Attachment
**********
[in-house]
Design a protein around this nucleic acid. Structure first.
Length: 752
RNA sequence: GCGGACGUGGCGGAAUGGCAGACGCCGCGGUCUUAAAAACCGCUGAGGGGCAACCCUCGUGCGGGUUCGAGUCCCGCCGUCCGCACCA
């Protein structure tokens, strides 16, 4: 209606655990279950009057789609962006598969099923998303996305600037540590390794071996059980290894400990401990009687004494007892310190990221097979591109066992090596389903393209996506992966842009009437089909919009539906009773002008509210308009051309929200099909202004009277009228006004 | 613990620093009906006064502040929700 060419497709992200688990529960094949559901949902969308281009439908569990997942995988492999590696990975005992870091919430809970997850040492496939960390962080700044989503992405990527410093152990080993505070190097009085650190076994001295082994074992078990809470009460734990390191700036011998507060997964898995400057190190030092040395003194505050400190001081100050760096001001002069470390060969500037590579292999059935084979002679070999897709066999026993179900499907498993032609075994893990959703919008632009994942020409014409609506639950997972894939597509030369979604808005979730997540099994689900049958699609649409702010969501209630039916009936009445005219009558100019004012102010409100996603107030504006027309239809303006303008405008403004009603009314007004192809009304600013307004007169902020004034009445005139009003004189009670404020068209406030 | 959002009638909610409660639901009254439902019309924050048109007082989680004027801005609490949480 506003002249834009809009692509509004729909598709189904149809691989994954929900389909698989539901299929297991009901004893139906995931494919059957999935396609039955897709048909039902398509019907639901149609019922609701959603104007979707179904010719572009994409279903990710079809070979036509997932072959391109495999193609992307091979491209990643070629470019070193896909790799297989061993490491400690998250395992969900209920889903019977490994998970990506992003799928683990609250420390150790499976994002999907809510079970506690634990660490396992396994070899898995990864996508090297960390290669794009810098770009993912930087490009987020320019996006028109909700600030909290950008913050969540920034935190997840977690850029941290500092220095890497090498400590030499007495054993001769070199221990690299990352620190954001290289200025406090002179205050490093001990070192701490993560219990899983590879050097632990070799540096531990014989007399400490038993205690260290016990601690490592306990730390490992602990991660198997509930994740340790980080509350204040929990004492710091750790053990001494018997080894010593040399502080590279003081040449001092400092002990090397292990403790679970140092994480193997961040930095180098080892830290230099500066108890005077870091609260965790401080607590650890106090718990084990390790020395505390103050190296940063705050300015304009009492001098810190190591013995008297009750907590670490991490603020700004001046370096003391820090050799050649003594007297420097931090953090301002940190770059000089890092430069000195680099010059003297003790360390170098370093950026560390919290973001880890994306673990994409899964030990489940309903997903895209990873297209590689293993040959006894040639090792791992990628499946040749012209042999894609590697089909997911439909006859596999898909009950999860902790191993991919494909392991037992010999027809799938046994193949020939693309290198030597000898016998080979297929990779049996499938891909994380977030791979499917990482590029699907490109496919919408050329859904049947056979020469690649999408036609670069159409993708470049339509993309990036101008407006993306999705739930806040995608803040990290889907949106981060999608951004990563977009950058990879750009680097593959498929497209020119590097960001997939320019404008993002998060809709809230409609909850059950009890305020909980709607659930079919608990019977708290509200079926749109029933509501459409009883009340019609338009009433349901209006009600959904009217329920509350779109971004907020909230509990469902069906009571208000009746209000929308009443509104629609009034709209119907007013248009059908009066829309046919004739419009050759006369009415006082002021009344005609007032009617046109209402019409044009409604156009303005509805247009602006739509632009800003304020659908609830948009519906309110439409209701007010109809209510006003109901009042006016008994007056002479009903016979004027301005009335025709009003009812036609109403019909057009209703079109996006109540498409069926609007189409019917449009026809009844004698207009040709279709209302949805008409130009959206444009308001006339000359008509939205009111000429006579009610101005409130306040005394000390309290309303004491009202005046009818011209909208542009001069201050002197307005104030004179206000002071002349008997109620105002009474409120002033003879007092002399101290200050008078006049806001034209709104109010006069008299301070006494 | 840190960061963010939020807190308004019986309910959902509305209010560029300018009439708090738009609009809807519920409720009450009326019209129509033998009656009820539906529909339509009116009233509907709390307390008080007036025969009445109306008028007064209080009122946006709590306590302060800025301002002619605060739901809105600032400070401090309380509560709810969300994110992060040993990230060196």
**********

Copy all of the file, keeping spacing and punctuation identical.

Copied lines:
[in-house]
Design a protein around this nucleic acid. Structure first.
Length: 752
RNA sequence: GCGGACGUGGCGGAAUGGCAGACGCCGCGGUCUUAAAAACCGCUGAGGGGCAACCCUCGUGCGGGUUCGAGUCCCGCCGUCCGCACCA
């Protein structure tokens, strides 16, 4: 209606655990279950009057789609962006598969099923998303996305600037540590390794071996059980290894400990401990009687004494007892310190990221097979591109066992090596389903393209996506992966842009009437089909919009539906009773002008509210308009051309929200099909202004009277009228006004 | 613990620093009906006064502040929700 060419497709992200688990529960094949559901949902969308281009439908569990997942995988492999590696990975005992870091919430809970997850040492496939960390962080700044989503992405990527410093152990080993505070190097009085650190076994001295082994074992078990809470009460734990390191700036011998507060997964898995400057190190030092040395003194505050400190001081100050760096001001002069470390060969500037590579292999059935084979002679070999897709066999026993179900499907498993032609075994893990959703919008632009994942020409014409609506639950997972894939597509030369979604808005979730997540099994689900049958699609649409702010969501209630039916009936009445005219009558100019004012102010409100996603107030504006027309239809303006303008405008403004009603009314007004192809009304600013307004007169902020004034009445005139009003004189009670404020068209406030 | 959002009638909610409660639901009254439902019309924050048109007082989680004027801005609490949480 506003002249834009809009692509509004729909598709189904149809691989994954929900389909698989539901299929297991009901004893139906995931494919059957999935396609039955897709048909039902398509019907639901149609019922609701959603104007979707179904010719572009994409279903990710079809070979036509997932072959391109495999193609992307091979491209990643070629470019070193896909790799297989061993490491400690998250395992969900209920889903019977490994998970990506992003799928683990609250420390150790499976994002999907809510079970506690634990660490396992396994070899898995990864996508090297960390290669794009810098770009993912930087490009987020320019996006028109909700600030909290950008913050969540920034935190997840977690850029941290500092220095890497090498400590030499007495054993001769070199221990690299990352620190954001290289200025406090002179205050490093001990070192701490993560219990899983590879050097632990070799540096531990014989007399400490038993205690260290016990601690490592306990730390490992602990991660198997509930994740340790980080509350204040929990004492710091750790053990001494018997080894010593040399502080590279003081040449001092400092002990090397292990403790679970140092994480193997961040930095180098080892830290230099500066108890005077870091609260965790401080607590650890106090718990084990390790020395505390103050190296940063705050300015304009009492001098810190190591013995008297009750907590670490991490603020700004001046370096003391820090050799050649003594007297420097931090953090301002940190770059000089890092430069000195680099010059003297003790360390170098370093950026560390919290973001880890994306673990994409899964030990489940309903997903895209990873297209590689293993040959006894040639090792791992990628499946040749012209042999894609590697089909997911439909006859596999898909009950999860902790191993991919494909392991037992010999027809799938046994193949020939693309290198030597000898016998080979297929990779049996499938891909994380977030791979499917990482590029699907490109496919919408050329859904049947056979020469690649999408036609670069159409993708470049339509993309990036101008407006993306999705739930806040995608803040990290889907949106981060999608951004990563977009950058990879750009680097593959498929497209020119590097960001997939320019404008993002998060809709809230409609909850059950009890305020909980709607659930079919608990019977708290509200079926749109029933509501459409009883009340019609338009009433349901209006009600959904009217329920509350779109971004907020909230509990469902069906009571208000009746209000929308009443509104629609009034709209119907007013248009059908009066829309046919004739419009050759006369009415006082002021009344005609007032009617046109209402019409044009409604156009303005509805247009602006739509632009800003304020659908609830948009519906309110439409209701007010109809209510006003109901009042006016008994007056002479009903016979004027301005009335025709009003009812036609109403019909057009209703079109996006109540498409069926609007189409019917449009026809009844004698207009040709279709209302949805008409130009959206444009308001006339000359008509939205009111000429006579009610101005409130306040005394000390309290309303004491009202005046009818011209909208542009001069201050002197307005104030004179206000002071002349008997109620105002009474409120002033003879007092002399101290200050008078006049806001034209709104109010006069008299301070006494 | 840190960061963010939020807190308004019986309910959902509305209010560029300018009439708090738009609009809807519920409720009450009326019209129509033998009656009820539906529909339509009116009233509907709390307390008080007036025969009445109306008028007064209080009122946006709590306590302060800025301002002619605060739901809105600032400070401090309380509560709810969300994110992060040993990230060196």